“This is a new way that the new generation can understand past history,” says McIntyre. “It’s astonishing to think that in the future, students can ask a recording – a person who has recorded their testimony – about their experience, and that image responds in real time.”
Also new this year is a £5,000 (US$7,075) VR doc commission that was opened to international artists. The selected project – Darren Emerson’s Invisible, on the dehumanization of migrants held in detention in the UK – will be displayed alongside other VR installations at the festival.
Mark Atkin, curator of Alternate Realities, said the Arts Council England-funded commission was devised in response to a dearth of specific funds for the burgeoning field, as well as “no clear route to funding” for those with good ideas for VR docs. The projects submitted were assessed by a panel of documentary producers and art gallery curators.
“There was a better-than-anticipated response, which shows that even small pots of money such as we were able to offer are desperately needed by the creative community,” says Atkin over email.
Meanwhile, another new addition is the On-Screen Factual Talent Market, a pilot program that looks to connect factual and specialist factual experts with producers and commissioners looking for new and diverse talent.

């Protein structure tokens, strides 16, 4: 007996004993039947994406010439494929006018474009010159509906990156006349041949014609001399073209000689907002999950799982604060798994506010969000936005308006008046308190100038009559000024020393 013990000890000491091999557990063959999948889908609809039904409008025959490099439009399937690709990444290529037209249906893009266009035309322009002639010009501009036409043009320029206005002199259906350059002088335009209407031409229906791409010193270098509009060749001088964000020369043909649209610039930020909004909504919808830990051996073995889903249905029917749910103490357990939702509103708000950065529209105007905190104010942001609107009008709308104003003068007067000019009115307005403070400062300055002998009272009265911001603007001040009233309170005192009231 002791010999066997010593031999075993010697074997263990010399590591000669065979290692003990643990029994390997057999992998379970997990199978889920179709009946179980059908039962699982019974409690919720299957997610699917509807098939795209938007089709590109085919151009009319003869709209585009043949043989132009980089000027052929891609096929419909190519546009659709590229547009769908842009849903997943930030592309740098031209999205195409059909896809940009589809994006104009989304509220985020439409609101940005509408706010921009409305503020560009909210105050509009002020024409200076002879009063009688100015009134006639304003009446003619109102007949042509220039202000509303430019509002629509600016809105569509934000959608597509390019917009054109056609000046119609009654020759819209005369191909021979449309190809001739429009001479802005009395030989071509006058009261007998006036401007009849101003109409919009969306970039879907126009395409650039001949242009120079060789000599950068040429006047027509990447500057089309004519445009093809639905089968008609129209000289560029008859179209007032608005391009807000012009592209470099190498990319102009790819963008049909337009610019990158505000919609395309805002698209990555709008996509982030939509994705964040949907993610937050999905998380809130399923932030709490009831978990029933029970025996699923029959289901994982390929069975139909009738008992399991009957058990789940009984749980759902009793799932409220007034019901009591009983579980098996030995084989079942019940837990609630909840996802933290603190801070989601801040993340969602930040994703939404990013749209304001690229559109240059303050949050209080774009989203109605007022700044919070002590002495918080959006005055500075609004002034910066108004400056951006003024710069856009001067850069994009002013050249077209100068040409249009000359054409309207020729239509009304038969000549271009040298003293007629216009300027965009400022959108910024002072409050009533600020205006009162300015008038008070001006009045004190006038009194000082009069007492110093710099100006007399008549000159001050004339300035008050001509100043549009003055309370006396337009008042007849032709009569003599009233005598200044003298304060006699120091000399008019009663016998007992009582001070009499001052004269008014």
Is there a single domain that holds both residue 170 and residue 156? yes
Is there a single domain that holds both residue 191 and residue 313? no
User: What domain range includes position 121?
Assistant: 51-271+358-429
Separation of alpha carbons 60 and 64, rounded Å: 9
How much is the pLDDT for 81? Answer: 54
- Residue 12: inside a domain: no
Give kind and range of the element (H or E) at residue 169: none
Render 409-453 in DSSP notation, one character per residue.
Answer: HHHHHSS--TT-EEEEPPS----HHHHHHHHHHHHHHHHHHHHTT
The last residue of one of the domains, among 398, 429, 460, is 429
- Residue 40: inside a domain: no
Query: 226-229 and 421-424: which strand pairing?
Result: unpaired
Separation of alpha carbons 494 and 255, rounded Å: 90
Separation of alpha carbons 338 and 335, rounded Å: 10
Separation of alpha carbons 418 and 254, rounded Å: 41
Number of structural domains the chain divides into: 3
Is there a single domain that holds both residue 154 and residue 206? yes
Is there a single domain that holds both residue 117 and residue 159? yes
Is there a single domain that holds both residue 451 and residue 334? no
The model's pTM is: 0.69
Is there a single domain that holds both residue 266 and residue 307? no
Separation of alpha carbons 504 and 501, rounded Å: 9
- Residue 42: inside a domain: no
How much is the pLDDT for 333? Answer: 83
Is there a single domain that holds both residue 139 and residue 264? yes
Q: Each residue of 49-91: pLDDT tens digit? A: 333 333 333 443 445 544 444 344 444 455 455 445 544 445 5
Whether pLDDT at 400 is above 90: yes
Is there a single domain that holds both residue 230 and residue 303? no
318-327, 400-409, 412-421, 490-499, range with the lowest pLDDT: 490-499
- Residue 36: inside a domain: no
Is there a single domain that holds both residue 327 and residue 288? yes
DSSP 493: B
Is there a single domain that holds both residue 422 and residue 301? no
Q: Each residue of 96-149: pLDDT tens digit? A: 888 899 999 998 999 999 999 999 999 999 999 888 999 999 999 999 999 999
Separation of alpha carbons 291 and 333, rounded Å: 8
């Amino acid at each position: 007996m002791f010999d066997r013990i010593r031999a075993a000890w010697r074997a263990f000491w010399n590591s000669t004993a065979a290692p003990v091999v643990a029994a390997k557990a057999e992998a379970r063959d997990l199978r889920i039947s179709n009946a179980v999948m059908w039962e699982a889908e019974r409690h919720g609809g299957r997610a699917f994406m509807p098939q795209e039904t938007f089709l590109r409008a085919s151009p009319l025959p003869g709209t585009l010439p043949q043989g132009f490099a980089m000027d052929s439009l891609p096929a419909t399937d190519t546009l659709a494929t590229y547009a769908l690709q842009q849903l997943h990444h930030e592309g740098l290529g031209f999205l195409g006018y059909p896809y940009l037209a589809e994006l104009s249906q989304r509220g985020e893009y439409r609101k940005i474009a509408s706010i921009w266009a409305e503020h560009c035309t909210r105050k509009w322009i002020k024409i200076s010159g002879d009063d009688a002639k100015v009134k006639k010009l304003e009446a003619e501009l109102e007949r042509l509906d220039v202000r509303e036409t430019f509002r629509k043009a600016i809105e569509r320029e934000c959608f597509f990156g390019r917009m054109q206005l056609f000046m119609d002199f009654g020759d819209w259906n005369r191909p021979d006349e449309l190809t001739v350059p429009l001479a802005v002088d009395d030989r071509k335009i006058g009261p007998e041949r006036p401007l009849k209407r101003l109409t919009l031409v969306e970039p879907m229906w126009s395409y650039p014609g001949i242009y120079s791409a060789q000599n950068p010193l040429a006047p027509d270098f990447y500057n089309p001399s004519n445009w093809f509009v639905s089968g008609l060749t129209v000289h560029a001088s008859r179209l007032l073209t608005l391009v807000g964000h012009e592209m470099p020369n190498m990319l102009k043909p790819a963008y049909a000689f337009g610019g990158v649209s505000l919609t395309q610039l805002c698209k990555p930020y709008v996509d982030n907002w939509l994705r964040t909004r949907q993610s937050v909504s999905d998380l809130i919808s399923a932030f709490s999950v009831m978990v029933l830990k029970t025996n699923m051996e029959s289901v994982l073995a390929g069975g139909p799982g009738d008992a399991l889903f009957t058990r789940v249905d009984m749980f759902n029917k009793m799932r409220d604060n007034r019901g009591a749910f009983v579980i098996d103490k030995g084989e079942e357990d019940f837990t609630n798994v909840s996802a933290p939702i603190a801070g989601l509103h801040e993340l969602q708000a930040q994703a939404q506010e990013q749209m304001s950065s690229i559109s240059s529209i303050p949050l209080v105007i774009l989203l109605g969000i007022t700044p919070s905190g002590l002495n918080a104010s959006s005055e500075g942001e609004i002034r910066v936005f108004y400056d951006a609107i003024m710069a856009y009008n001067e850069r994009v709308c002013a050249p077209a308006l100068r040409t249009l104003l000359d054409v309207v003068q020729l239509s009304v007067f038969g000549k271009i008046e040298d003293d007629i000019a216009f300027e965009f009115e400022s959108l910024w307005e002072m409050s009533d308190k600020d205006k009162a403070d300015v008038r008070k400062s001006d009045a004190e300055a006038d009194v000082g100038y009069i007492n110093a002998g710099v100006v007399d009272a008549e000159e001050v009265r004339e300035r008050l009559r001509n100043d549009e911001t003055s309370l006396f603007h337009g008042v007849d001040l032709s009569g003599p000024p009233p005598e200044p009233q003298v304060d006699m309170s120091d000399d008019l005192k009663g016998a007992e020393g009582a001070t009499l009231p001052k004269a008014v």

That event – which received more than 70 applications – will find a selected crop of 18 individuals taking part in a “speed-date format” with decision makers who each have five minutes to discuss potential projects.
Referencing her listening exercise, McIntyre says there was “such a hunger” for new on-screen talent, and particularly for TV broadcasters.
“One of the most important things was quality of application and on-screen presence, and also the opportunity to celebrate diversity, whether it be anything from gender through to culture or ethnic background – to make sure we strive to celebrate diversity,” she says.
Elsewhere, invading Sheffield for the first time in 18 years is filmmaker Michael Moore, who is opening Doc/Fest at City Hall with the Dogwoof-distributed Where to Invade Next, which will be transmitted simultaneously to 112 cinemas nationwide. Closing the festival is Only Lovers Left Alive actor Tilda Swinton, who will present The Seasons in Quincy: Four Portraits of John Berger - her second directorial effort after 2008′s The New Ten Commandments -with co-director Bartek Dziadosz.
The fest, in total, will screen 160 films, including 27 world premieres, as well as 15 international, 19 European and 52 UK premieres. Some of the new docs bowing include Richie Mehta’s India in a Day, Jean Carper’s Monster in the Mind: The Convenient Un-truth about Alzheimer’s, and James Bluemel’s Exodus: Breaking Into Europe (working title).
Sheffield will also welcome HBO Documentary Films president Sheila Nevins, who is receiving the fest’s inaugural Creative Leadership Award, as well as David Attenborough, who will make his first appearance at Doc/Fest to talk about his career and the fate of the TV and media industries. Other speakers include documentarian Louis Theroux, Unlocking the Cage helmer Chris Hegedus and D. A. Pennebaker and doc maker Joanna Lumley.